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About The Book
The Theory of the Earth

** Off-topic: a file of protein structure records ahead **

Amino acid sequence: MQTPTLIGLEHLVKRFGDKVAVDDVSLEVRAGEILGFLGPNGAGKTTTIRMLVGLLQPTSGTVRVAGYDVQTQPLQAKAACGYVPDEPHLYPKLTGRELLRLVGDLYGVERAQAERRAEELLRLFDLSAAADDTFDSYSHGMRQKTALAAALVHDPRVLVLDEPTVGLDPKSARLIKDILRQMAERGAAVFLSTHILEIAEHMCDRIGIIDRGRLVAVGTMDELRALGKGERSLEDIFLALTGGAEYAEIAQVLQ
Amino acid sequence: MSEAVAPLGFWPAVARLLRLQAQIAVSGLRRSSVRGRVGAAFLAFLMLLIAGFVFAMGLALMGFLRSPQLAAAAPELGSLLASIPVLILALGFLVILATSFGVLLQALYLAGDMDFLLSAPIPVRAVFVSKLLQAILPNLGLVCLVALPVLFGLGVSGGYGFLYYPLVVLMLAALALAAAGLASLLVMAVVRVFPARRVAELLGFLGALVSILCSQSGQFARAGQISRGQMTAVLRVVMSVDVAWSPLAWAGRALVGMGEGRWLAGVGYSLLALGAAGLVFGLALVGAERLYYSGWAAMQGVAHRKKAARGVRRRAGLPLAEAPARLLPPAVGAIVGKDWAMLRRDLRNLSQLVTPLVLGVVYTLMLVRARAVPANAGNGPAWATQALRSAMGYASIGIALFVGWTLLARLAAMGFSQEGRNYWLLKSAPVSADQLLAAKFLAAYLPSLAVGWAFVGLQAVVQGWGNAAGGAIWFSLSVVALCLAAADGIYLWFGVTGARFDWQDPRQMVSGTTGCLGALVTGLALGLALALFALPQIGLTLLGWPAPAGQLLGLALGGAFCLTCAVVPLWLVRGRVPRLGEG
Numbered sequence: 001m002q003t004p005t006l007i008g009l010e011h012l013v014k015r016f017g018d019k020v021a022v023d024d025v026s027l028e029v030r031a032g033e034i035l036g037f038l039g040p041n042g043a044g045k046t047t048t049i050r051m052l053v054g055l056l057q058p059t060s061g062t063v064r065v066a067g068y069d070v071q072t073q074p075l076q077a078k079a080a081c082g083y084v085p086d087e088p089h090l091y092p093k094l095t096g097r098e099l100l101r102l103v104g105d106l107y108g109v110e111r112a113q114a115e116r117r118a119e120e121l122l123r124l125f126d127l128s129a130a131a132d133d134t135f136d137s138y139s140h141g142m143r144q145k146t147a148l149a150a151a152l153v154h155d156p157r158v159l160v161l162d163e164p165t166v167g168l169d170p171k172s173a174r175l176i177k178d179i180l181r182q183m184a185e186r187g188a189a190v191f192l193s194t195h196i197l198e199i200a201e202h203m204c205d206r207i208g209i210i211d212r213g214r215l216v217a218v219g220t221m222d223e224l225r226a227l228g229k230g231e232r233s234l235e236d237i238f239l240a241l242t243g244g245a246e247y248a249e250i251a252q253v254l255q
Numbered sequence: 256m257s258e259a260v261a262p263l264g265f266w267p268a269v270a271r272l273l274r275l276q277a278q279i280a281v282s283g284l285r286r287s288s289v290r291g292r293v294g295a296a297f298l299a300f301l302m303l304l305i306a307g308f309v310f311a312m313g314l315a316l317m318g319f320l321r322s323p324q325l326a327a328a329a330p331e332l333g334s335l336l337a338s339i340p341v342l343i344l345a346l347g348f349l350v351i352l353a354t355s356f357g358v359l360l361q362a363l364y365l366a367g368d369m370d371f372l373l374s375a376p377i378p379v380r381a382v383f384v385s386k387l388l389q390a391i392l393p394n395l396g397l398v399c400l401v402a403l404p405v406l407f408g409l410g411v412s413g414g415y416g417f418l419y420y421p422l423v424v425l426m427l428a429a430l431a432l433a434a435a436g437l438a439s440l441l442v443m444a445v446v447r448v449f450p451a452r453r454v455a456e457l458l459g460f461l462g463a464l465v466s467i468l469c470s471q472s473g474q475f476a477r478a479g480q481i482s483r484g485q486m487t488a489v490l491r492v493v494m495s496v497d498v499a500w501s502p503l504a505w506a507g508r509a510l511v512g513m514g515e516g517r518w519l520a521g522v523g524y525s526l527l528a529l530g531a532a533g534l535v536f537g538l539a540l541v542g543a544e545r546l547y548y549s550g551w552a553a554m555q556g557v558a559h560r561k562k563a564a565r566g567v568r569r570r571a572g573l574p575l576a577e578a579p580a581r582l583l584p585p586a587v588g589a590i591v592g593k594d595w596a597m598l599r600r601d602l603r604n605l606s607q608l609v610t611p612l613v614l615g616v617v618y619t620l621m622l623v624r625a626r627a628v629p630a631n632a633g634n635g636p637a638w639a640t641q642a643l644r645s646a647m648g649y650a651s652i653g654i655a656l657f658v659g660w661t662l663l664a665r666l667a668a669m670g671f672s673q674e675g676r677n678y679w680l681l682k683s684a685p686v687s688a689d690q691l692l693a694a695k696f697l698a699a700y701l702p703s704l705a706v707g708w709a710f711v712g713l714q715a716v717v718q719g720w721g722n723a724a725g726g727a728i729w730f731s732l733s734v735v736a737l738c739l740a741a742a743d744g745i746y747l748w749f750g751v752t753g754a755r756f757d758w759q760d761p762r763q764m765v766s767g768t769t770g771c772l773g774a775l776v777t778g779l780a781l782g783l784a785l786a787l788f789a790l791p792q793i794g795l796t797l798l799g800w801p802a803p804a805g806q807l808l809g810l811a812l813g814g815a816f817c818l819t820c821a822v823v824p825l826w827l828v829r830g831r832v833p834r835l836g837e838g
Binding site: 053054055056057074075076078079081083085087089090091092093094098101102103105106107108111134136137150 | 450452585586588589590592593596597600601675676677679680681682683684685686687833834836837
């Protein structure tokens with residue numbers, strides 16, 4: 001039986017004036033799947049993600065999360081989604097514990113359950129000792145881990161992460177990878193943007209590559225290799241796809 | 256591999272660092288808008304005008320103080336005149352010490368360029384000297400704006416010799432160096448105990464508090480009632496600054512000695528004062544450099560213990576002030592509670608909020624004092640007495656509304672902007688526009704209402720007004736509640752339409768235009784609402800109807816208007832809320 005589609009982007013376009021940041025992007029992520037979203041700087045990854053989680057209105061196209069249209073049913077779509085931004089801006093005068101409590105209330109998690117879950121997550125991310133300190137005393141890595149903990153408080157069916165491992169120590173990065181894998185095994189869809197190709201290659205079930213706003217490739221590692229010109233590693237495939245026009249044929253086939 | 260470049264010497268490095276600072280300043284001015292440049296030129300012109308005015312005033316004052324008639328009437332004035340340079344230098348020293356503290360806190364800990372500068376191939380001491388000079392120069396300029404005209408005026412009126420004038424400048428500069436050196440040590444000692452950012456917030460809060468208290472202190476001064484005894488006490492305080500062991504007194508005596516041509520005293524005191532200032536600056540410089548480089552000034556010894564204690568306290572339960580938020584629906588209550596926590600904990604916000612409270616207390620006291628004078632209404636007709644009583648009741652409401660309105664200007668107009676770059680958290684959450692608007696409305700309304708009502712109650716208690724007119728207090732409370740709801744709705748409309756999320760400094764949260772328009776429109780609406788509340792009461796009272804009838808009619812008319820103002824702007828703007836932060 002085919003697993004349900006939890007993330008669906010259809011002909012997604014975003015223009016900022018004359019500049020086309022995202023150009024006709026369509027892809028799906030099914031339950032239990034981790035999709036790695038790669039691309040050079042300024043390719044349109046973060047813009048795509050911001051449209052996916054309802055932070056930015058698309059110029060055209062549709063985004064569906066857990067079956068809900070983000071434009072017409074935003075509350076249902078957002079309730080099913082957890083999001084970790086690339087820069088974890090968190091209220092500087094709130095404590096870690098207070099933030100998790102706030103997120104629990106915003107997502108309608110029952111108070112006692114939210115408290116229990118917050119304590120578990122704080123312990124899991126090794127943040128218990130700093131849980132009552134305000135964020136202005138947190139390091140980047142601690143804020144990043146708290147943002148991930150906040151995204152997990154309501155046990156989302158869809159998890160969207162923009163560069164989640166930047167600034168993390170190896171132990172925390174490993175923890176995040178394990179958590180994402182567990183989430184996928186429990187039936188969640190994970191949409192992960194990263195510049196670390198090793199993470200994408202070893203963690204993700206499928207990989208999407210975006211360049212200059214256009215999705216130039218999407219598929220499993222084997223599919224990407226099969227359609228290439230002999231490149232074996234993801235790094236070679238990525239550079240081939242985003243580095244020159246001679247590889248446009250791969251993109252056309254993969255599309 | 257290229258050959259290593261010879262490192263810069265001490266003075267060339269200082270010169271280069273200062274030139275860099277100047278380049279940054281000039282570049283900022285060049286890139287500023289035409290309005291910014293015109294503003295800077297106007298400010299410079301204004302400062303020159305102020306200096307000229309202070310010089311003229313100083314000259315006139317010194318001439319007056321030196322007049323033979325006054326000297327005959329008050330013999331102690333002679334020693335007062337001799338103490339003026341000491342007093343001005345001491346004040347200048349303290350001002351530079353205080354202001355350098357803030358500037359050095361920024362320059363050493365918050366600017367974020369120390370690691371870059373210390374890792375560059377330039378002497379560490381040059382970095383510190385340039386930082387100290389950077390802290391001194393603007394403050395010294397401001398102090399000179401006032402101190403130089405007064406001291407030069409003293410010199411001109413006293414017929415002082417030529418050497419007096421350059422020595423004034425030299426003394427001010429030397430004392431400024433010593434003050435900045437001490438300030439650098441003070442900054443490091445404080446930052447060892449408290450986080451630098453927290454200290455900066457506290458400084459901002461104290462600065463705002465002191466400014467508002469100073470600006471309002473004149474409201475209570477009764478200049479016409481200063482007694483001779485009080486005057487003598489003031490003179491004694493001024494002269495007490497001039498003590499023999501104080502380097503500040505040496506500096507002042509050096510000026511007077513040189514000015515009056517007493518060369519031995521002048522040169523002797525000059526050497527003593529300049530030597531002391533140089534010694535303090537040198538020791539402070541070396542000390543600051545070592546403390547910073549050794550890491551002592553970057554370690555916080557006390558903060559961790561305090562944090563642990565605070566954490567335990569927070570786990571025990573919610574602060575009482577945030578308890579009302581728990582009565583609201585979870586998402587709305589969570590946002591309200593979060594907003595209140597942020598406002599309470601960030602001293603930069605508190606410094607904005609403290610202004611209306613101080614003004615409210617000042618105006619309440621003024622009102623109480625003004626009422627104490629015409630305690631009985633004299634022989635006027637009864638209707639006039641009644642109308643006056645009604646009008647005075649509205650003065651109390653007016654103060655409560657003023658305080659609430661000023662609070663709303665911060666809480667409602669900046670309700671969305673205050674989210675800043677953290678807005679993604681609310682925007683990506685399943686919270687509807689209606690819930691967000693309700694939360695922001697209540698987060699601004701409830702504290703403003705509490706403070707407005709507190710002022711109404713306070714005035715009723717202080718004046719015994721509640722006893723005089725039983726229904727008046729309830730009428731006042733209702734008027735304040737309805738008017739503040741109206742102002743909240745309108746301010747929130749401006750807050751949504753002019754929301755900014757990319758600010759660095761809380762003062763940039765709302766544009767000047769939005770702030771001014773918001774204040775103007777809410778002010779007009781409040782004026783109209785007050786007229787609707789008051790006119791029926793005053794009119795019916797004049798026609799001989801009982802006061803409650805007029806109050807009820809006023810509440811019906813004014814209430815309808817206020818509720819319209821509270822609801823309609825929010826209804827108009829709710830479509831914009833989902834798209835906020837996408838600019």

James Hutton, the notable Scotch geologist, was born at Edinburgh on June 3, 1726. In 1743 he was apprenticed to a Writer to the Signet; but his apprenticeship was of short duration and in the following year he began to study medicine at Edinburgh University, and in 1749 graduated as an M.D. Later he determined to study agriculture, and went, in 1752, to live with a Norfolk farmer to learn practical farming. He did not devote himself entirely to agriculture, but gave a considerable amount of his time to chemical and geological researches. His geological researches culminated in his great work, "The Theory of the Earth," published at Edinburgh in 1795. In this work he propounds the theory that the present continents have been formed at the bottom of the sea by the precipitation of the detritus of former continents, and that the precipitate had been hardened by heat and elevated above the sea by the expansive power of heat. He died on March 26, 1797. Other works are his "Theory of Rain," "Elements of Agriculture," "Natural Philosophy," and "Nature of Coal."
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